Mathematics

MTH1003 - Mathematical Modelling (2019)

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MODULE TITLEMathematical Modelling CREDIT VALUE30
MODULE CODEMTH1003 MODULE CONVENERProf John Thuburn (Coordinator)
DURATION: TERM 1 2 3
DURATION: WEEKS 11 11 0
Number of Students Taking Module (anticipated) 181
DESCRIPTION - summary of the module content

This module will introduce you to the theory and tools for analysing real physical systems, including pendulums, planetary motion and predator-prey models. As part of a team, you will explore this theory with computer-generated models, developing your programming skills, and writing up your findings and conclusions of your investigations of the models you develop.

This module will also introduce you to the process of mathematical research and help you to understand the nature of the mathematical research community that you will be joining at the University of Exeter. An expert tutor will guide you through three short investigations as you develop a range of independent and group research skills across a variety of engaging topics.  With an emphasis on teamwork and community building, this module provides you with a great opportunity to meet your colleagues and lecturers on your mathematics degree programme.

AIMS - intentions of the module

The module aims to introduce you to Newtonian dynamics and its applications; to show you the use of calculus and vectors in the modelling of physical systems; to introduce you to applied mathematics as a tool for investigating natural phenomena. As examples, you will explore the consequences of physical laws, as well as the behaviour of physical systems from projectiles and rockets to planetary motion.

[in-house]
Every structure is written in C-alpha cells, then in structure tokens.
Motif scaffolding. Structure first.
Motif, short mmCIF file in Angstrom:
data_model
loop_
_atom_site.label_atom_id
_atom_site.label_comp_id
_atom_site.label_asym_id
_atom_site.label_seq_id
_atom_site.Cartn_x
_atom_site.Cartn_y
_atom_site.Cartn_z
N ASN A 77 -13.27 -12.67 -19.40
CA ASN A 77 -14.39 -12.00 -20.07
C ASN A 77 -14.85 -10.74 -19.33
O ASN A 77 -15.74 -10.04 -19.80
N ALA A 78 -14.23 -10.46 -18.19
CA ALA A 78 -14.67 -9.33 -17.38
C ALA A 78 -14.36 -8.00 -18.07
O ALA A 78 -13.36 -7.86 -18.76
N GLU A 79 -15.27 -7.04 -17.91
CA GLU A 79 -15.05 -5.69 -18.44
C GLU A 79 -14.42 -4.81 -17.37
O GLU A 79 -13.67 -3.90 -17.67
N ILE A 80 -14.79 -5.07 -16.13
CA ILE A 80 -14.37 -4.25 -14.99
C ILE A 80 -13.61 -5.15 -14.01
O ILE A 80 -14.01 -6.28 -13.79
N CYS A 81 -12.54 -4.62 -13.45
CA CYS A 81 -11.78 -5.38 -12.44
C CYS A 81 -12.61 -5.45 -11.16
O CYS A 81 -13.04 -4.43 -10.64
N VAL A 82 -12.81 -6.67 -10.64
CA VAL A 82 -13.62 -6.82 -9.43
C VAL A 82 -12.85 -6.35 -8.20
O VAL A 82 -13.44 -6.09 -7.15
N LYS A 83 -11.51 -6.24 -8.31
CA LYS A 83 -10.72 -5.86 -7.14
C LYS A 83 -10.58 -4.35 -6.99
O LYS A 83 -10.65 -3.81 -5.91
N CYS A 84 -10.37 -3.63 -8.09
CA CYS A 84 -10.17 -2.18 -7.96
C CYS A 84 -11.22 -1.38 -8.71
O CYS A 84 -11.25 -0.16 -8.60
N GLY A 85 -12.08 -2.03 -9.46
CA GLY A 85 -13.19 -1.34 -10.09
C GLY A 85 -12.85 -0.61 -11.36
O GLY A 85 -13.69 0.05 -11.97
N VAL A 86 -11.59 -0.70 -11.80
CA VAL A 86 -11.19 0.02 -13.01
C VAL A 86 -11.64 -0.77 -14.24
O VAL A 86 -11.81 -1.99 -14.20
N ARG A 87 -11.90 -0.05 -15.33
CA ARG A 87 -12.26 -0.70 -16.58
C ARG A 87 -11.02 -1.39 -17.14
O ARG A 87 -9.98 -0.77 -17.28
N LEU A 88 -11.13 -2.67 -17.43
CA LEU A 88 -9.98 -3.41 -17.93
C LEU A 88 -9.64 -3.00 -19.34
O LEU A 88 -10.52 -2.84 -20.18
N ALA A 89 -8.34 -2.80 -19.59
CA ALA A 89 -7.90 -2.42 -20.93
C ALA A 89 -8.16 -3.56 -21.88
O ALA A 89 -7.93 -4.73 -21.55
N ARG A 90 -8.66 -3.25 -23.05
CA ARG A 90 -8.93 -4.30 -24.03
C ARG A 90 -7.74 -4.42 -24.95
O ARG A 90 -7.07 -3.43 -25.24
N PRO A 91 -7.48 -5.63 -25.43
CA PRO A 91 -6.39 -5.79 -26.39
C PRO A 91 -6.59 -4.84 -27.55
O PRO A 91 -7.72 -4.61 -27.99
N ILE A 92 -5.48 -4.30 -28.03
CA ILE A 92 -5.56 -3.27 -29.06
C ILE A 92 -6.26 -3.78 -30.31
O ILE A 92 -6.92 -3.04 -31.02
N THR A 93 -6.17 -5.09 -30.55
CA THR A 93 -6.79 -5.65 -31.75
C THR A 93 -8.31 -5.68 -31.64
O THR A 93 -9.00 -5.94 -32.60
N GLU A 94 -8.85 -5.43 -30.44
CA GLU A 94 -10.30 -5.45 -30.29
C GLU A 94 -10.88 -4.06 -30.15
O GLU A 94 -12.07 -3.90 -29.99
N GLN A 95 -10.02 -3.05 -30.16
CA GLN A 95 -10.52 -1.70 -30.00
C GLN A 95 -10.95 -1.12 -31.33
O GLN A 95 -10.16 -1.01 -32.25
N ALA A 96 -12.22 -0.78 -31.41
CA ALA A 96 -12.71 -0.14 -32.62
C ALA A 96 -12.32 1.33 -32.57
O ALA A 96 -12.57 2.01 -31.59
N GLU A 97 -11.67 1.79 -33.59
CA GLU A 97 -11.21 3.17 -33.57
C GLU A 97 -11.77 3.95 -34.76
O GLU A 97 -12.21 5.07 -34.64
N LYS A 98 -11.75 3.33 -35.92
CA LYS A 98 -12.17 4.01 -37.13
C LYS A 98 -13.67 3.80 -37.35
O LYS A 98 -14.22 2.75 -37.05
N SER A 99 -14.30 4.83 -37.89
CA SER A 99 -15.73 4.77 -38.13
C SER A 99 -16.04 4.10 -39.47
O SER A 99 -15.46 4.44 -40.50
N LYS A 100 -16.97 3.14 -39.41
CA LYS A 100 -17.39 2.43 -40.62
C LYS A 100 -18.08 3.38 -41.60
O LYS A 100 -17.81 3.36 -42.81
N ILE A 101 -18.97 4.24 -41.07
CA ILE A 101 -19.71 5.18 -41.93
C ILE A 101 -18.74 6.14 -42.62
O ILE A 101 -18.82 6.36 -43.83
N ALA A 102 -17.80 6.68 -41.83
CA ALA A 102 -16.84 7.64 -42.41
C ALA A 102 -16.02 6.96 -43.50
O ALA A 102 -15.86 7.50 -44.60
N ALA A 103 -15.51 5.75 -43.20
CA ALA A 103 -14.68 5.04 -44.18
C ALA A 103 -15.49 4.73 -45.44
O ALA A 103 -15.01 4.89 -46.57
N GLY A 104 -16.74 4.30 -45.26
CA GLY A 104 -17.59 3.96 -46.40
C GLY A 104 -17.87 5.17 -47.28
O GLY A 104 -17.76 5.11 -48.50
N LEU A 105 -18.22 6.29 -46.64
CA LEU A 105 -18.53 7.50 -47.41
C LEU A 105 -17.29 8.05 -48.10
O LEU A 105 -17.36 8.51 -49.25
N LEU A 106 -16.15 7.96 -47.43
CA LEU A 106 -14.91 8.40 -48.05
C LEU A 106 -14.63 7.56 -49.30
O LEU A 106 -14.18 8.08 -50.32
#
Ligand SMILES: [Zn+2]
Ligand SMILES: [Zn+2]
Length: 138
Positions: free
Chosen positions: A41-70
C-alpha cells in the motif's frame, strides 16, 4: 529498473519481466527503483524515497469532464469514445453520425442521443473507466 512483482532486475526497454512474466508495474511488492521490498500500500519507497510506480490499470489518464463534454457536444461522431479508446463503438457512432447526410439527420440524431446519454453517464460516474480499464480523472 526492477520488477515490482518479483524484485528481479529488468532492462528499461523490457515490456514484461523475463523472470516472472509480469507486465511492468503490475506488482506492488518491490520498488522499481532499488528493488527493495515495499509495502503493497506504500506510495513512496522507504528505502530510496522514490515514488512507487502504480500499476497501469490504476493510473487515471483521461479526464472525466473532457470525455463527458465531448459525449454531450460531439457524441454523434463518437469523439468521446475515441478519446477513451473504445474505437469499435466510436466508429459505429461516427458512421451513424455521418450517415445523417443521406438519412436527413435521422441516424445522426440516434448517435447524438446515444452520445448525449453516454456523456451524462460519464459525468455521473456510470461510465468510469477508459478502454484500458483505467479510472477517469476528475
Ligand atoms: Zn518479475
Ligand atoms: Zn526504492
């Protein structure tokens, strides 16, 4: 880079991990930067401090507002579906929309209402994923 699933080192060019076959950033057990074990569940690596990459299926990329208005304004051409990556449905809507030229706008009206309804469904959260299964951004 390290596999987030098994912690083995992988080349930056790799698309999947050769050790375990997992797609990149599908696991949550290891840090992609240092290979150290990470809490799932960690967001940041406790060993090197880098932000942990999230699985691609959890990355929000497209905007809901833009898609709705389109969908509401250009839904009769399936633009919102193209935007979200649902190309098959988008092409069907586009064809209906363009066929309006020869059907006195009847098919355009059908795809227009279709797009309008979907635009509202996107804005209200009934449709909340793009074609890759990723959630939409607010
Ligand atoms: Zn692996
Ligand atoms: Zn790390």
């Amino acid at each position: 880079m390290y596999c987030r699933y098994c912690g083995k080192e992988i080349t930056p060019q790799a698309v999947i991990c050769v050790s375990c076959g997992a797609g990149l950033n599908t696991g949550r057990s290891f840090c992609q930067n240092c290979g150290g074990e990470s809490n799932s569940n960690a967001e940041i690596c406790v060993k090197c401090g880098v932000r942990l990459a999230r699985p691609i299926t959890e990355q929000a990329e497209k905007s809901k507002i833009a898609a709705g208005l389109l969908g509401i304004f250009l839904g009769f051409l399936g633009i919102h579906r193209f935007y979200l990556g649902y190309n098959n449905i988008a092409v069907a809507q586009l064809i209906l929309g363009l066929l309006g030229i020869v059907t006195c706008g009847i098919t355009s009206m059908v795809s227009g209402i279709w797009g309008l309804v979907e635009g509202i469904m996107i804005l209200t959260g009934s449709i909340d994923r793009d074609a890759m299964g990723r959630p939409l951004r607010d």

The module aims also to develop your abilities to: use computer packages such as Matlab to develop computer models for independent exploration; programme in order to solve mathematical problems; undertake open-ended investigations using mathematical material, and in doing so engage you in active learning; collaborate in small teams under the guidance of a member of staff and provide reinforcing material for other core stage one material in mathematics.

INTENDED LEARNING OUTCOMES (ILOs) (see assessment section below for how ILOs will be assessed)

On successful completion of this module, you should be able to:



Module Specific Skills and Knowledge:

1 recall and apply basic techniques in classical mechanics to model simple mechanical and dynamical systems;

2 work on your own and as part of a small team to formulate and solve both well defined and more open-ended problems in mathematics;

3 use a high-level programming language for basic numerical analysis, simulation and data visualisation.

Discipline Specific Skills and Knowledge:

4 formulate models of the physical world, applying mathematical machinery such as vectors and calculus to develop and analyse these models.

5 present your findings in a logical and coherent manner;

6 use mathematical computing software (such as Matlab) to assist problem solving.

Personal and Key Transferable/ Employment Skills and  Knowledge:

7 formulate and solve problems;

8 work effectively as part of a small team;

9 communicate orally with team members and via written presentation;

10 undertake research using a variety of sources.

SYLLABUS PLAN - summary of the structure and academic content of the module

- basic concepts: modelling; point particles, space, time, velocity, acceleration; Newton's laws;


- projectiles: gravity; trajectories; envelope of trajectories;


- simple harmonic motion: elasticity, Hooke's law; strings and springs; equilibria and oscillations;


- energy: kinetic energy and gravitational potential energy; elastic potential energy; motion under general potentials, equilibria, stability and small oscillations;


- oscillations: damping, forcing and resonance; coupled oscillations; normal coordinates;